[i]f all that is revealed by the record is that the defendant is registered to do business here, or only maintains a website that is accessible in Delaware, or simply ships goods to unaffiliated individuals or third-party entities here, then this District is an improper venue for the lawsuit.

Mylan & Cook; see also Mallinckrodt (rejecting assertion that appointment of an agent for service of process constitutes a physical presence in Delaware).3

The second element requires that the place of business is both “regular” and “established.” A “regular” business might operate “in a steady, uniform, orderly, and methodical manner.” Javelin (quoting Cray). An “established” business connotes a place that has “some degree of permanence.” Javelin & Mallinckrodt. Accordingly, a fleeting presence, such as visits to engage in litigation on behalf of an entity, is insufficient. Similarly unavailing is the fact an entity leases, installs or has employees maintaining equipment within a district. See Mallinckrodt.

Finally, the place of business must belong to the defendant. Relevant factors to consider include “whether the defendant owns or leases the place, or exercises other attributes of possession or control over the place,” including “list[ing] the alleged place of business on a website, or in a telephone directory; or plac[ing] its name on a sign associated with or on the building itself.” Cray. Thus, the presence of an employee living in Texas and conducting business from home on behalf of an entity incorporated elsewhere was insufficient to render venue in Texas proper, as the employee’s home and business activities did not establish ownership by the defendant entity. Cray.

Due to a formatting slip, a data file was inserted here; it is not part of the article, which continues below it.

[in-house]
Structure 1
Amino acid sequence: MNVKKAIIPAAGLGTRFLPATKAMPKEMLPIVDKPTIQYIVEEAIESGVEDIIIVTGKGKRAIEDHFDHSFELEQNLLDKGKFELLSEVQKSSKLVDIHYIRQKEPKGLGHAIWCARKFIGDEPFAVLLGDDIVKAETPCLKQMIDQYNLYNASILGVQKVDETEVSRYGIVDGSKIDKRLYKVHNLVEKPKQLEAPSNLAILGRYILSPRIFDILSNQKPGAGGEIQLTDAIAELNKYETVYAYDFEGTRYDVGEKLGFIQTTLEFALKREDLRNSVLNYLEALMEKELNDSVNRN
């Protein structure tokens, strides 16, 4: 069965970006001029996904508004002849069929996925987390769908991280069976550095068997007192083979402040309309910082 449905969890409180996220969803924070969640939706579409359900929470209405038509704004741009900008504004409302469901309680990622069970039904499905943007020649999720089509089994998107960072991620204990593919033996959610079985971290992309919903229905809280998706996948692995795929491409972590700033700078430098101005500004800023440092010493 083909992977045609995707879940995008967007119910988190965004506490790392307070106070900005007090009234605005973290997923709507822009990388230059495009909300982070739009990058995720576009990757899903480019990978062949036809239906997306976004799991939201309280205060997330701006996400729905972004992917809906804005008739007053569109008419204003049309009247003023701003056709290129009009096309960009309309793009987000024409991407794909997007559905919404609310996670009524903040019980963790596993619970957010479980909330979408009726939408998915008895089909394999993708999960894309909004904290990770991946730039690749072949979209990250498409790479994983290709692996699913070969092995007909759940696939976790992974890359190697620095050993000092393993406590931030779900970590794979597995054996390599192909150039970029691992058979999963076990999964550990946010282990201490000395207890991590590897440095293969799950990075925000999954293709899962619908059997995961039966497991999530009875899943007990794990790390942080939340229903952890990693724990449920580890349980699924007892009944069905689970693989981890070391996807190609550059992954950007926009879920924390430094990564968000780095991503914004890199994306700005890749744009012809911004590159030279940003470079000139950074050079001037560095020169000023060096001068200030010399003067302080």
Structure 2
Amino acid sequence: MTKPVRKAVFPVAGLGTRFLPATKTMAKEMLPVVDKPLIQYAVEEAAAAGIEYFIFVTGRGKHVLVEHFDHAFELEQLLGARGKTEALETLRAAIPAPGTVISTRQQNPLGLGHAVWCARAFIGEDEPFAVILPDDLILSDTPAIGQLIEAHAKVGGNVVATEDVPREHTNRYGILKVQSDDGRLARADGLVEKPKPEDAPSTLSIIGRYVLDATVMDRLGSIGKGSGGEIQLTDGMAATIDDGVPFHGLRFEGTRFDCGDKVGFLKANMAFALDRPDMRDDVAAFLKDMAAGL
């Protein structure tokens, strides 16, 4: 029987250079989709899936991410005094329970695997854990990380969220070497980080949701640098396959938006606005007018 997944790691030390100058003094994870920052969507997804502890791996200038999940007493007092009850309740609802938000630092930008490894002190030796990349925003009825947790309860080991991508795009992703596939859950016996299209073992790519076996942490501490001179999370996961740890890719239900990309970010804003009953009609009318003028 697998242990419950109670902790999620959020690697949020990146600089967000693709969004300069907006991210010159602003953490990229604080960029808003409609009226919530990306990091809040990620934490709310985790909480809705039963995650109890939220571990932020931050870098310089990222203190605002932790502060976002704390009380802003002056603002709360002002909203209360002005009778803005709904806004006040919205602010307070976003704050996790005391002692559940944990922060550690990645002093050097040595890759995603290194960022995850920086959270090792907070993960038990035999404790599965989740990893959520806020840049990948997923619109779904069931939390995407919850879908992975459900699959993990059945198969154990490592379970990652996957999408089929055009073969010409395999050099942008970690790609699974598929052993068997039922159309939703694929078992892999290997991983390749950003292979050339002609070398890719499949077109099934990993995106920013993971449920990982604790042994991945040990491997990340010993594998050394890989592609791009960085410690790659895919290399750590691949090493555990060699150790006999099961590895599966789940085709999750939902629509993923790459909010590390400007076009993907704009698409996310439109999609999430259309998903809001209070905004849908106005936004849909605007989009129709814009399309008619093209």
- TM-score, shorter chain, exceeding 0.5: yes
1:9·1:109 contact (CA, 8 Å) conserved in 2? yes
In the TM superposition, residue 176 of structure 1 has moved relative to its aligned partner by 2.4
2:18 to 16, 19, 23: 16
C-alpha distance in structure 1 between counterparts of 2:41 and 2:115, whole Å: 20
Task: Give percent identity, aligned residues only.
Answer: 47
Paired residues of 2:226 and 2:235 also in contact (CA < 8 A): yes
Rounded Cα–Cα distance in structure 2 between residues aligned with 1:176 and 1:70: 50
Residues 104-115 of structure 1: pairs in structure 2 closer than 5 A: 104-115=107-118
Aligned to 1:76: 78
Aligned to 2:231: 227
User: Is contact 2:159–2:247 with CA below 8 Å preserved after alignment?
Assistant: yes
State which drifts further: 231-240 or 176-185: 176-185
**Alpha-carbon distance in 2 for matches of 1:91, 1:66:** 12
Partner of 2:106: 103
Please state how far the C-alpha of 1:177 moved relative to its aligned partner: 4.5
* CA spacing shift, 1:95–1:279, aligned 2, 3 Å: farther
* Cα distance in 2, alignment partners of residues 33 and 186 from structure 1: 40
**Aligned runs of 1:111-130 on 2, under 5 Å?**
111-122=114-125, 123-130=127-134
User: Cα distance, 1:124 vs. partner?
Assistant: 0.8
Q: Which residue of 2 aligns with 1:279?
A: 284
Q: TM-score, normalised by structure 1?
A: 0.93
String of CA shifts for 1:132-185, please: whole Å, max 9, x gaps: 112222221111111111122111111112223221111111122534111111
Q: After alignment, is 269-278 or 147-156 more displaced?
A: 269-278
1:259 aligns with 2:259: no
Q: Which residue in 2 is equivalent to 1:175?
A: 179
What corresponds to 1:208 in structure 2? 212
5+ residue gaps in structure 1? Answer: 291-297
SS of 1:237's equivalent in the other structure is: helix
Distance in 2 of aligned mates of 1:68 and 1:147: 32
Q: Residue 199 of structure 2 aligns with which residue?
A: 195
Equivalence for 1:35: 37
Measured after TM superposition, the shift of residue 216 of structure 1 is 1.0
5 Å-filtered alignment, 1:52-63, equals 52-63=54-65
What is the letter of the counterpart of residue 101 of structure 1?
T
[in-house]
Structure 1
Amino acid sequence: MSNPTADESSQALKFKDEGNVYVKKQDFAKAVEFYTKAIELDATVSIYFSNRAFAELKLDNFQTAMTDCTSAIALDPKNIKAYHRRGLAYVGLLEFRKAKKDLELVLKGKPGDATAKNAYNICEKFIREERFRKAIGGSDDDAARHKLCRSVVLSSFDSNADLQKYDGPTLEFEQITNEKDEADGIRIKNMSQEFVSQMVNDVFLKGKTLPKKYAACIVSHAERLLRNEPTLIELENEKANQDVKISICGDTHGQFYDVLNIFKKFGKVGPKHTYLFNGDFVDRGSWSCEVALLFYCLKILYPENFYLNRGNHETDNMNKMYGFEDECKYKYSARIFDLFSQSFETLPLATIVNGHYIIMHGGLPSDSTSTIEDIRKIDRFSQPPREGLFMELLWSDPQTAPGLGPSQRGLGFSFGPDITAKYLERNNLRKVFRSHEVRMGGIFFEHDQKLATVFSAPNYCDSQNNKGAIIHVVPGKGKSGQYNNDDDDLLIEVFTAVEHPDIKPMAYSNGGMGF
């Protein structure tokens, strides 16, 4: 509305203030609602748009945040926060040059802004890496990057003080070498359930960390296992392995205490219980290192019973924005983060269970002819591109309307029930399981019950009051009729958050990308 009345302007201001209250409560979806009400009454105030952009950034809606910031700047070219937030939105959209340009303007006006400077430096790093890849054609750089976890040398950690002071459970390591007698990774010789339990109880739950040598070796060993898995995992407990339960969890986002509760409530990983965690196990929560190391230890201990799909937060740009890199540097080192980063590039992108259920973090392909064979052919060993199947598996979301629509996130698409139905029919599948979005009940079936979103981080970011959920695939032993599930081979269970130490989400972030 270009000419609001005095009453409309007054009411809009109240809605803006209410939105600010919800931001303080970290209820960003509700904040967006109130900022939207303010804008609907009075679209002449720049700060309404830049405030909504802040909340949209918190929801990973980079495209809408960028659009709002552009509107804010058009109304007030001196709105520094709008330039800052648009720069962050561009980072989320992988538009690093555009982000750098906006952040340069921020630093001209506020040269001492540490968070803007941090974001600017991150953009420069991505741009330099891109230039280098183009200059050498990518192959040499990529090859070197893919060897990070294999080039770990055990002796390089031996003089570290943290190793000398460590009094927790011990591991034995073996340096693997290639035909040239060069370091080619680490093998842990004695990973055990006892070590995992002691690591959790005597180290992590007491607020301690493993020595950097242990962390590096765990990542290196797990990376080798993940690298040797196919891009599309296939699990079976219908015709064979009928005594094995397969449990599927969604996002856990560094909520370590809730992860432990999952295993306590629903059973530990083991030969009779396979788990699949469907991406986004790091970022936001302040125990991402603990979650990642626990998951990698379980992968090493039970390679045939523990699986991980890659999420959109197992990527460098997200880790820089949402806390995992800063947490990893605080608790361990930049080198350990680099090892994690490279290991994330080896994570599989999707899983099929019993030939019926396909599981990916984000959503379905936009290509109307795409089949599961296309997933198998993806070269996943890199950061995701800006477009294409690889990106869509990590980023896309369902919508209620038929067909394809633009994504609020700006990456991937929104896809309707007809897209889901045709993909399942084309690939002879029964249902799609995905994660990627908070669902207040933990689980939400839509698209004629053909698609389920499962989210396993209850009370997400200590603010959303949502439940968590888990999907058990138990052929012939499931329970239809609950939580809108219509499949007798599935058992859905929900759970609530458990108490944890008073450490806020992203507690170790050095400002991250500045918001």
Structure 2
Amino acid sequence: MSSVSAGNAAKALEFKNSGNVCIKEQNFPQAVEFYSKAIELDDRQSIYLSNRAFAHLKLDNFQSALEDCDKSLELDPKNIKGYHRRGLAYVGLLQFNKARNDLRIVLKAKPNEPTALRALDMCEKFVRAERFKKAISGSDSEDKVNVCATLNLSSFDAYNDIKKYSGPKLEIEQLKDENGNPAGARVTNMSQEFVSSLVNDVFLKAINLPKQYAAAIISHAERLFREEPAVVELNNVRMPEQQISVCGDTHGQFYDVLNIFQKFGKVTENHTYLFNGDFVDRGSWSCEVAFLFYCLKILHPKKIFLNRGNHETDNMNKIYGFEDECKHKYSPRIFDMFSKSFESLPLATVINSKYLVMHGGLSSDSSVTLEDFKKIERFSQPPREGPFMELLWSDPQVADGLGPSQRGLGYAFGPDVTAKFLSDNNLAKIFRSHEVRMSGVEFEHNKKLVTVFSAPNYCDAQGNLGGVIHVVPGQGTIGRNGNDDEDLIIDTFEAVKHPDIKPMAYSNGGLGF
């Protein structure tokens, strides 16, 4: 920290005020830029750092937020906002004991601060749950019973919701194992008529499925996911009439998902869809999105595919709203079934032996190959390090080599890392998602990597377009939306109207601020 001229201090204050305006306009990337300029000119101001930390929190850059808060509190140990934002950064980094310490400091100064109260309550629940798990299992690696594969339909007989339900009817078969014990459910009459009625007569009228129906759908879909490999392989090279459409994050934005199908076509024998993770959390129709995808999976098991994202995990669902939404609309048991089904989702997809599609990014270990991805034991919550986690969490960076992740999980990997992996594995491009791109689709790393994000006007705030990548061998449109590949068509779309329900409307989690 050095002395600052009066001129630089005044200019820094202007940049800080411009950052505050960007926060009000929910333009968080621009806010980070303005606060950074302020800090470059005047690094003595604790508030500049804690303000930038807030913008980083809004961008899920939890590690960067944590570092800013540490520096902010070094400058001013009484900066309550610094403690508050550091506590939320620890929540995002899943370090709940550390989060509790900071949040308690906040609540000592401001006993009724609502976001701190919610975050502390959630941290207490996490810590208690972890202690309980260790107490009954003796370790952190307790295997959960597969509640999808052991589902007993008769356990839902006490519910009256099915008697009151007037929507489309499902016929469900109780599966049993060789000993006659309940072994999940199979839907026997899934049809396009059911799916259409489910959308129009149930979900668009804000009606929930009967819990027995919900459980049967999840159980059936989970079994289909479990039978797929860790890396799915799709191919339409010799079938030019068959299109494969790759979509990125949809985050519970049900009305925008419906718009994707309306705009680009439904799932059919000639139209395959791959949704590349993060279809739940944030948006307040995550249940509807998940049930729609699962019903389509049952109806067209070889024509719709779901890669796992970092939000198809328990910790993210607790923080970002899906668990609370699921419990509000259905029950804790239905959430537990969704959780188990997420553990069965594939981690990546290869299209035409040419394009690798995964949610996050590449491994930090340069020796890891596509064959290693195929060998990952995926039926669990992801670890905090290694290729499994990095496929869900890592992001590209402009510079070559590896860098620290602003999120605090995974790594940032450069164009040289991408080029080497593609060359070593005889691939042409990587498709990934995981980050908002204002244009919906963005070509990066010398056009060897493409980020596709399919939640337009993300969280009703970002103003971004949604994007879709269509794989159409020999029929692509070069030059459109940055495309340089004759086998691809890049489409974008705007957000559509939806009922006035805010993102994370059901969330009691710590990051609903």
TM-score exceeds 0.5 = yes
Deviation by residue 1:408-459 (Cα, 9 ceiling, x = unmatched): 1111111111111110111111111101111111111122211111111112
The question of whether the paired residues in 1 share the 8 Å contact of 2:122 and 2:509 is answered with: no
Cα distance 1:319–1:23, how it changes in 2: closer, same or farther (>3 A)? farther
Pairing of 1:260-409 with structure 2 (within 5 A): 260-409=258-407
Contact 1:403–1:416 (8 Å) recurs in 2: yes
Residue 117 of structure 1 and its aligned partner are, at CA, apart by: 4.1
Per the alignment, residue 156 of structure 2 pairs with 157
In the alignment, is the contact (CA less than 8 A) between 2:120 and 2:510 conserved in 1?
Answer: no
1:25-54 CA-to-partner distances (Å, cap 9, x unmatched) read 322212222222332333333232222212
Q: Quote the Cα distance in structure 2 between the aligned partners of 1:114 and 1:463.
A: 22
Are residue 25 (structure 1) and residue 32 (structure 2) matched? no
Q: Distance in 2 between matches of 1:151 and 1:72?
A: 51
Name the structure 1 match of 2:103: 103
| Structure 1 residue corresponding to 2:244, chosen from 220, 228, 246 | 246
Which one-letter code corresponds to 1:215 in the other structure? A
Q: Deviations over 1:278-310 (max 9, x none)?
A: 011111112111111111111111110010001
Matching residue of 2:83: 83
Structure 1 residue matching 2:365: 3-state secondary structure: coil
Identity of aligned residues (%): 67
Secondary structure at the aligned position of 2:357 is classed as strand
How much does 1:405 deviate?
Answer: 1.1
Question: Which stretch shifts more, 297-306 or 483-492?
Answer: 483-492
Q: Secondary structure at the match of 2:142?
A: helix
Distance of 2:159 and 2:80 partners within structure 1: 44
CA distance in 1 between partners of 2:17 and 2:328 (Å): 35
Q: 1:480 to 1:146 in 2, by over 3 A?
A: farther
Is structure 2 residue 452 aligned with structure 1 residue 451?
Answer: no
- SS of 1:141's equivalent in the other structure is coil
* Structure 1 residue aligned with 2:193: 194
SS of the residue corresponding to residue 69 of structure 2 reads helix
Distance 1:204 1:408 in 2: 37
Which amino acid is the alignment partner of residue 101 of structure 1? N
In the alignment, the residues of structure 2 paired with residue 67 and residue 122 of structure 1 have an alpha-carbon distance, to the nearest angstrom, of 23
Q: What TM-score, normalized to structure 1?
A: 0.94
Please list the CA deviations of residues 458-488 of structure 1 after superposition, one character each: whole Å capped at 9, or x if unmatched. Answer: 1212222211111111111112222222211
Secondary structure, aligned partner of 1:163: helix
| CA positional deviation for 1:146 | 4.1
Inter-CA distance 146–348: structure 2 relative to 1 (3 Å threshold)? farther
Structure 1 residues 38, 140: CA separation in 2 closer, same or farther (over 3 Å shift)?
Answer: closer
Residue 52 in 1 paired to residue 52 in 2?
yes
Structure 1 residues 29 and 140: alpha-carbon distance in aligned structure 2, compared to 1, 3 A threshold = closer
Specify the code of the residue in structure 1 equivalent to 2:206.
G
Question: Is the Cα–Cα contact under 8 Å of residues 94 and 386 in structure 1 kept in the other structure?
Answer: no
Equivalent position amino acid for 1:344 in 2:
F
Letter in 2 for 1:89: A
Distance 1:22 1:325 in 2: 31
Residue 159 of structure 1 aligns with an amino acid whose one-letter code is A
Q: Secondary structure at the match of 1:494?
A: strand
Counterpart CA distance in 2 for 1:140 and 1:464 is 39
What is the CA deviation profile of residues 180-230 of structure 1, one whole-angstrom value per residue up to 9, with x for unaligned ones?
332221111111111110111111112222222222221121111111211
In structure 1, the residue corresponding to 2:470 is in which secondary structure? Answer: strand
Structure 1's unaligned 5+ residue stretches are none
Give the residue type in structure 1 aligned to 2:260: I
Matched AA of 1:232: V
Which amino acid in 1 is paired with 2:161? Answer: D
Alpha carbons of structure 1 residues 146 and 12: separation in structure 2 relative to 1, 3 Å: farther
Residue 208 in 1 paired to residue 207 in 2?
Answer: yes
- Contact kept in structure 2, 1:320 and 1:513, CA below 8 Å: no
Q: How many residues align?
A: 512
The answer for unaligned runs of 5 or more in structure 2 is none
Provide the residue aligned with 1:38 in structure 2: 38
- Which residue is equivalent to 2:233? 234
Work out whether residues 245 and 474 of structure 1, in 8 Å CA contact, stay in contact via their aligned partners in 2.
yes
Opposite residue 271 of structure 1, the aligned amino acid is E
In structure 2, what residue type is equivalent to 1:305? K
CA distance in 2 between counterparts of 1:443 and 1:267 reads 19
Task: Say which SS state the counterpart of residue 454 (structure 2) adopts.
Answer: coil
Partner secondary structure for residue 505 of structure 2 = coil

The developing venue jurisprudence in Delaware and the Federal Circuit suggests that a party asserting a patent infringement claim in Delaware against an entity incorporated elsewhere should have a solid grasp on the facts reflecting the entity’s ties to Delaware, or have the ability to articulate sufficient grounds to pursue venue-related discovery. As litigants continue to grapple with venue in the wake of TC Heartland, the District Court, a preeminent forum for patent disputes, remains poised to serve as a leading guide in the post-TC Heartland world.

1The Federal Circuit recently ruled that the plaintiff asserting infringement bears the burden of proof when venue is challenged. See In re ZTE (USA) Inc., C.A. No. 2018-113 (Fed. Cir. May 14, 2018).

2In both Javelin and Mallinckrodt, the District Court, recognizing the fact-intensive inquiry a venue determination necessitates, deferred deciding the propriety of venue. Instead it permitted the parties to engage in venue-related discovery “to allow the adversarial process to aid the Court in making a fact-specific decision on a well-developed factual record.”

While the District Court has not made a conclusive determination regarding the impact an entity’s subsidiary or affiliate might have on a venue analysis, it left open the possibility “that the ‘places’ of any [defendant] entity, including [defendant’s] affiliates, subsidiaries, parents, or alter egos, may be attributable to the named [defendant] for purposes of venue.” Javelin & Mallinckrodt; see also id. (“[a]mong the pertinent circumstances to be considered is whether the formalities of corporate separateness are preserved”).

Information contained in this publication should not be construed as legal advice or opinion or as a substitute for the advice of counsel. The articles by these authors may have first appeared in other publications. The content provided is for educational and informational purposes for the use of clients and others who may be interested in the subject matter. We recommend that readers seek specific advice from counsel about particular matters of interest.

Copyright © 2018 Stradley Ronon Stevens & Young, LLP. All rights reserved.